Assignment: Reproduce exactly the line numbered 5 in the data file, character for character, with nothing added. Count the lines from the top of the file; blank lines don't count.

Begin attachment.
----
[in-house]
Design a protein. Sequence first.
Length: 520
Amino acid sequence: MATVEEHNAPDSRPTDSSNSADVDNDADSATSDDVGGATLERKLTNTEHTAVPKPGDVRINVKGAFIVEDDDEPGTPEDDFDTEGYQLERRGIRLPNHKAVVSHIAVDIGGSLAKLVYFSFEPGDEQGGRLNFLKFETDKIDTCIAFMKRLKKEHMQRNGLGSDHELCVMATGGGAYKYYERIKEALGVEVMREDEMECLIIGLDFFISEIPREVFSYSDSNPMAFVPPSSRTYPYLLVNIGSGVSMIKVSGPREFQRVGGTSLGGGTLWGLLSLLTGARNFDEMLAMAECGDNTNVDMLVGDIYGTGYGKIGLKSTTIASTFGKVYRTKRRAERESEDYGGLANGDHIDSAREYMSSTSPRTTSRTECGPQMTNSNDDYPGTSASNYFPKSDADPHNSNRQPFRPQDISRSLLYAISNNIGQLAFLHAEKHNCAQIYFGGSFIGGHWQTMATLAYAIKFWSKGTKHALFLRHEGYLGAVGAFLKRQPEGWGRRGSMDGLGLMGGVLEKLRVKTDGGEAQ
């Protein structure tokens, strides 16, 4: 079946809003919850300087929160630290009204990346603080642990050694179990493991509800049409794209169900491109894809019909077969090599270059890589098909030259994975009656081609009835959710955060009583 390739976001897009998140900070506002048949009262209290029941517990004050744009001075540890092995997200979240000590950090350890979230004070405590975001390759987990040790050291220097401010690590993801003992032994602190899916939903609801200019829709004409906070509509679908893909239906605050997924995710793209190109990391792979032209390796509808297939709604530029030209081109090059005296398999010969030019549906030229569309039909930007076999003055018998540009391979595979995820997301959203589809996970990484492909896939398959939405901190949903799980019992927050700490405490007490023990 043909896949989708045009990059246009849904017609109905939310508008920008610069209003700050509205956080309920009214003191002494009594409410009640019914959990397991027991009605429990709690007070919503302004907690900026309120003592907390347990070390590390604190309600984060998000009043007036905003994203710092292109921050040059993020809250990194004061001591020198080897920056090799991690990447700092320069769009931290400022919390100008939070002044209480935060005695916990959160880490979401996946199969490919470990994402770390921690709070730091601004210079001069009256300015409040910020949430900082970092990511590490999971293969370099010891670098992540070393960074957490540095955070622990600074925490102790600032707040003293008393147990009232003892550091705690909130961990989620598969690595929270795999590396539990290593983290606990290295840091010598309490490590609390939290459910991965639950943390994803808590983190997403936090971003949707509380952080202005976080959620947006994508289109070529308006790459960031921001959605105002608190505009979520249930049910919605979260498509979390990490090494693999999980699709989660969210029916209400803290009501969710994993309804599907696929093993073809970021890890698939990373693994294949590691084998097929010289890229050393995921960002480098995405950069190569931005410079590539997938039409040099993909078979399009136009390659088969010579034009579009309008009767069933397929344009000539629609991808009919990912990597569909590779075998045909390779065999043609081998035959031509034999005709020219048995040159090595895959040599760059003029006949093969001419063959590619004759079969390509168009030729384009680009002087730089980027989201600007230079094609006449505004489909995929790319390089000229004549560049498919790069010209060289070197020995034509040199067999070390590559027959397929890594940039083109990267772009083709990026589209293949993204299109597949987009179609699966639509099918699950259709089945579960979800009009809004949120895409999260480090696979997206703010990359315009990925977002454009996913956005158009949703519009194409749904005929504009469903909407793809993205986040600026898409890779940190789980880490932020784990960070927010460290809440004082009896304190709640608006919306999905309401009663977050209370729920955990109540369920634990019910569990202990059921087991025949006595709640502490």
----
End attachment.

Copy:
């Protein structure tokens, strides 16, 4: 079946809003919850300087929160630290009204990346603080642990050694179990493991509800049409794209169900491109894809019909077969090599270059890589098909030259994975009656081609009835959710955060009583 390739976001897009998140900070506002048949009262209290029941517990004050744009001075540890092995997200979240000590950090350890979230004070405590975001390759987990040790050291220097401010690590993801003992032994602190899916939903609801200019829709004409906070509509679908893909239906605050997924995710793209190109990391792979032209390796509808297939709604530029030209081109090059005296398999010969030019549906030229569309039909930007076999003055018998540009391979595979995820997301959203589809996970990484492909896939398959939405901190949903799980019992927050700490405490007490023990 043909896949989708045009990059246009849904017609109905939310508008920008610069209003700050509205956080309920009214003191002494009594409410009640019914959990397991027991009605429990709690007070919503302004907690900026309120003592907390347990070390590390604190309600984060998000009043007036905003994203710092292109921050040059993020809250990194004061001591020198080897920056090799991690990447700092320069769009931290400022919390100008939070002044209480935060005695916990959160880490979401996946199969490919470990994402770390921690709070730091601004210079001069009256300015409040910020949430900082970092990511590490999971293969370099010891670098992540070393960074957490540095955070622990600074925490102790600032707040003293008393147990009232003892550091705690909130961990989620598969690595929270795999590396539990290593983290606990290295840091010598309490490590609390939290459910991965639950943390994803808590983190997403936090971003949707509380952080202005976080959620947006994508289109070529308006790459960031921001959605105002608190505009979520249930049910919605979260498509979390990490090494693999999980699709989660969210029916209400803290009501969710994993309804599907696929093993073809970021890890698939990373693994294949590691084998097929010289890229050393995921960002480098995405950069190569931005410079590539997938039409040099993909078979399009136009390659088969010579034009579009309008009767069933397929344009000539629609991808009919990912990597569909590779075998045909390779065999043609081998035959031509034999005709020219048995040159090595895959040599760059003029006949093969001419063959590619004759079969390509168009030729384009680009002087730089980027989201600007230079094609006449505004489909995929790319390089000229004549560049498919790069010209060289070197020995034509040199067999070390590559027959397929890594940039083109990267772009083709990026589209293949993204299109597949987009179609699966639509099918699950259709089945579960979800009009809004949120895409999260480090696979997206703010990359315009990925977002454009996913956005158009949703519009194409749904005929504009469903909407793809993205986040600026898409890779940190789980880490932020784990960070927010460290809440004082009896304190709640608006919306999905309401009663977050209370729920955990109540369920634990019910569990202990059921087991025949006595709640502490």